b. The difficulty that some raters have in expressing themselves; and
c. The amount of time needed to prepare narrative ratings.
4. Narrative appraisals are often included as part of other systems to give
them more flexibility.
E. Criteria Based--In this system, performance ratings are tied directly to
standards set for key essential job duties.
1. To be effective, job duties must be clearly defined and the standards
established for each duty must be specific, observable, and measurable.
2. Advantages to this system include:
a. The use of clearly stated performance standards that the employee
can understand and use to self evaluate his/her performance;
b. The fact that it is highly legally defensible since subjectivity is
virtually removed from the rating; and
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c. The ability of the supervisor to objectively point out why the
employee met, failed to meet, or exceeded the established standards.
3. Disadvantages include:
a. A problem in establishing standards for some duties that meet the
requirements of being specific, observable, and measurable;
b. The fact that it is normally quite time consuming to develop such a
system (Once established, however, it is not difficult to maintain.);
c. The difficulty in measuring some performance standards.
VIII. APPRAISAL INTERVIEWS
A. Preparation for the performance appraisal interview is extremely important
and should include:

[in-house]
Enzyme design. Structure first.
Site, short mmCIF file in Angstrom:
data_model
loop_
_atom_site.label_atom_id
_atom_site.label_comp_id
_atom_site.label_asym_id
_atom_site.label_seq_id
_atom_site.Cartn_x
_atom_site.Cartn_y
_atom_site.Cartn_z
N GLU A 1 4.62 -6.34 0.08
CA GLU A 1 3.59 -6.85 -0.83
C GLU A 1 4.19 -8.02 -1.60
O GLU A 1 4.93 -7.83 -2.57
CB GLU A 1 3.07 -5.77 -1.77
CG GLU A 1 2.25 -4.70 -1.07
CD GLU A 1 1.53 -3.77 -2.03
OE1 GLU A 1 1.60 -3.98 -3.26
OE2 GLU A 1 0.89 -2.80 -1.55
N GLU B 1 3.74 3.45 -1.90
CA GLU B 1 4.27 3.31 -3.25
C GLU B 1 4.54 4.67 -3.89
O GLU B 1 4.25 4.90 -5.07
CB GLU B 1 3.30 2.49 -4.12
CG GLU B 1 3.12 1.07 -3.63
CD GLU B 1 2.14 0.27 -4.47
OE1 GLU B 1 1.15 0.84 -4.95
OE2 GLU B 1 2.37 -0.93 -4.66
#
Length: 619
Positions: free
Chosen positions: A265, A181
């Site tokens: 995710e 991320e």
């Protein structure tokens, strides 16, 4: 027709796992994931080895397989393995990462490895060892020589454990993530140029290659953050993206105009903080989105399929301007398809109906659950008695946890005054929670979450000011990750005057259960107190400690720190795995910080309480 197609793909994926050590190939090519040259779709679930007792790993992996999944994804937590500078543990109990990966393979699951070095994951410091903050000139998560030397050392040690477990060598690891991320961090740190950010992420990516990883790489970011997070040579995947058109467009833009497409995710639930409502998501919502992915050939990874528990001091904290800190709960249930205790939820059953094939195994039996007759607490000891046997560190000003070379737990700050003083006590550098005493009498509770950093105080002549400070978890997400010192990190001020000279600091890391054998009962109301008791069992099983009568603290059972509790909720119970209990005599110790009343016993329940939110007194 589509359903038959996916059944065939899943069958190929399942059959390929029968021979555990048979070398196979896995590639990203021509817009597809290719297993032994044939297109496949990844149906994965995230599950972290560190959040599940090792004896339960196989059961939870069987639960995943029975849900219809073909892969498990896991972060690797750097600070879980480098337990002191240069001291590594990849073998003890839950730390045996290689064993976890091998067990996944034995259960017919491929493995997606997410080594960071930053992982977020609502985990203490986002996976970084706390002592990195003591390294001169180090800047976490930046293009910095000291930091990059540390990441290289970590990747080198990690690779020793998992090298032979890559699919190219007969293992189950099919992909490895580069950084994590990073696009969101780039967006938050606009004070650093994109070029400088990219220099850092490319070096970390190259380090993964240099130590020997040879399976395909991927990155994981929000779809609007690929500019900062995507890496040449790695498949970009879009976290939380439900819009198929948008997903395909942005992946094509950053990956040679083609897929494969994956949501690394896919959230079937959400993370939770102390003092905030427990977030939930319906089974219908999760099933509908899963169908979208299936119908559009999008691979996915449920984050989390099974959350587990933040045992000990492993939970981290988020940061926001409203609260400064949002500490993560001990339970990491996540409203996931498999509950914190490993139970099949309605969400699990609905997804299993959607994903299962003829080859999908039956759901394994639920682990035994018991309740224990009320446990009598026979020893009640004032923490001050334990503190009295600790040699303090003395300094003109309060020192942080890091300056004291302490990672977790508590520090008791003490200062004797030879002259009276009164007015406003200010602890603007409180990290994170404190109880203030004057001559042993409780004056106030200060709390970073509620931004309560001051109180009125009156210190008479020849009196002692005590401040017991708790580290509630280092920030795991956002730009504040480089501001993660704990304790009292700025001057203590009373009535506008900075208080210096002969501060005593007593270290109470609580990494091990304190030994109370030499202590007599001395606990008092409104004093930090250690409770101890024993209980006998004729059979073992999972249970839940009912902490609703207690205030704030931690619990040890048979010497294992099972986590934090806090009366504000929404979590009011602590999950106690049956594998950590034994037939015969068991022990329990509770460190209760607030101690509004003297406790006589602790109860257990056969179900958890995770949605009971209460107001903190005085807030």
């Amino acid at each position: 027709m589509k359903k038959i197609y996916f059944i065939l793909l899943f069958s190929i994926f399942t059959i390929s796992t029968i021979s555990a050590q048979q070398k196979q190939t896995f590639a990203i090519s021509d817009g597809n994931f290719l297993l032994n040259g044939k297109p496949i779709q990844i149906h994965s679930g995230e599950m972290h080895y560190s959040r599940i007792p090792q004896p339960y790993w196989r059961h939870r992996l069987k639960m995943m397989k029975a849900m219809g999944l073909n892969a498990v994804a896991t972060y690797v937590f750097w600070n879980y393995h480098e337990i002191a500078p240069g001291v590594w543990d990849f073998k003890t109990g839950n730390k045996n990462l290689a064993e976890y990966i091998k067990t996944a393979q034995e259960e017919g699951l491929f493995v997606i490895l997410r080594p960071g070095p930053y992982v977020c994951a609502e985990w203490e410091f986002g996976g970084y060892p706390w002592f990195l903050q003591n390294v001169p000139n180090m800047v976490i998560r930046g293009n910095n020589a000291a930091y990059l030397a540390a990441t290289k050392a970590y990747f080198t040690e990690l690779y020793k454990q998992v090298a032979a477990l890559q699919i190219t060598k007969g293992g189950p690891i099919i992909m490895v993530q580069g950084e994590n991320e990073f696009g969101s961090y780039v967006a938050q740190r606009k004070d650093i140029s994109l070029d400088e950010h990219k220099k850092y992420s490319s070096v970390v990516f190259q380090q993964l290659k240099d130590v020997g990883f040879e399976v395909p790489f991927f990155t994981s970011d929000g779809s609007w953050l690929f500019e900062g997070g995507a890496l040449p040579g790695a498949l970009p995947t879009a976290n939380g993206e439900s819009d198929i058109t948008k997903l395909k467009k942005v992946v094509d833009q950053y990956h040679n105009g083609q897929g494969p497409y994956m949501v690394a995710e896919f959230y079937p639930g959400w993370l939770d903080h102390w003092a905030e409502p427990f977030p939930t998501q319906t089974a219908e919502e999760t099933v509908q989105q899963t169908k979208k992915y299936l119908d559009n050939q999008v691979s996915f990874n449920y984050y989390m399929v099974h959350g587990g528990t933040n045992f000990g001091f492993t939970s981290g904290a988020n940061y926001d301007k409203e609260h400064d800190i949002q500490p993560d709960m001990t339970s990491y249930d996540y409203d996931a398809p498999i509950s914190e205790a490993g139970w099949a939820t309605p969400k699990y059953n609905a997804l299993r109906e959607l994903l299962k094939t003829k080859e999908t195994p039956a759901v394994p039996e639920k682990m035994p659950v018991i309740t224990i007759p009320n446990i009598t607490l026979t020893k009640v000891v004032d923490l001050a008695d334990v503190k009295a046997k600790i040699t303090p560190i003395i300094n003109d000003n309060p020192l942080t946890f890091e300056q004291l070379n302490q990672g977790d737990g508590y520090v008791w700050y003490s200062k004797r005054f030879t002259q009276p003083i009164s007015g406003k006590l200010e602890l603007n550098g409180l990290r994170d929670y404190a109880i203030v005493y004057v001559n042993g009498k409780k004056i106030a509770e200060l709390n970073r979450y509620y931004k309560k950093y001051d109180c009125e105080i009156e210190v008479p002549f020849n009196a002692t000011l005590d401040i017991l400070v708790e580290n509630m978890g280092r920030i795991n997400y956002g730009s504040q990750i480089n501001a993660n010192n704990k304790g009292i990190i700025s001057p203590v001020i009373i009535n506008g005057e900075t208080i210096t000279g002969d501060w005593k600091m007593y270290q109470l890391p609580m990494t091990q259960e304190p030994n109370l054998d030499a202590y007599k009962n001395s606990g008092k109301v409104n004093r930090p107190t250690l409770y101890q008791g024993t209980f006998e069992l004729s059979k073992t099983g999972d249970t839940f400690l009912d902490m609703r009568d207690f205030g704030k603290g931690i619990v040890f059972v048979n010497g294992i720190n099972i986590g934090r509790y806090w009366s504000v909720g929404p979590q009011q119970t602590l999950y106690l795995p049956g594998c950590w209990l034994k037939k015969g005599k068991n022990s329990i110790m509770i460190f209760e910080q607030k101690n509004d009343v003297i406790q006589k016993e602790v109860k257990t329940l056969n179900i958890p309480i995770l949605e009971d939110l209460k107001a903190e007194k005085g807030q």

1. Notifying the employees several days in advance as to when and where
the appraisals will be conducted;
2. Taking steps to ensure that there will be no interruptions during the
3. Reviewing in advance what will be covered in each interview.
B. It is important that the supervisor remember that the interview be viewed as a
1. An employee’s achievements and strengths should be recognized.
2. Areas in need of improvement should be openly discussed and the goal
should be to determine how performance can be brought up to an
3. The appraisal interview also provides the opportunity to discuss future
career development with certain employees.
4. The interview should close with a discussion of the supervisor’s
expectations of the employee during the next appraisal period.
C. Many interviewers like to start on a positive note by recognizing an
employee’s strengths before discussing areas that need improvement. They
then close with additional recognition of some strength the employee has.
D. Some of the problems that occur with appraisal interviews include:
1. Ignoring problem areas and only discussing the employee’s strong
2. Playing the NIGYYSOB game;
3. Failing to let the employee ask questions or respond to the interview;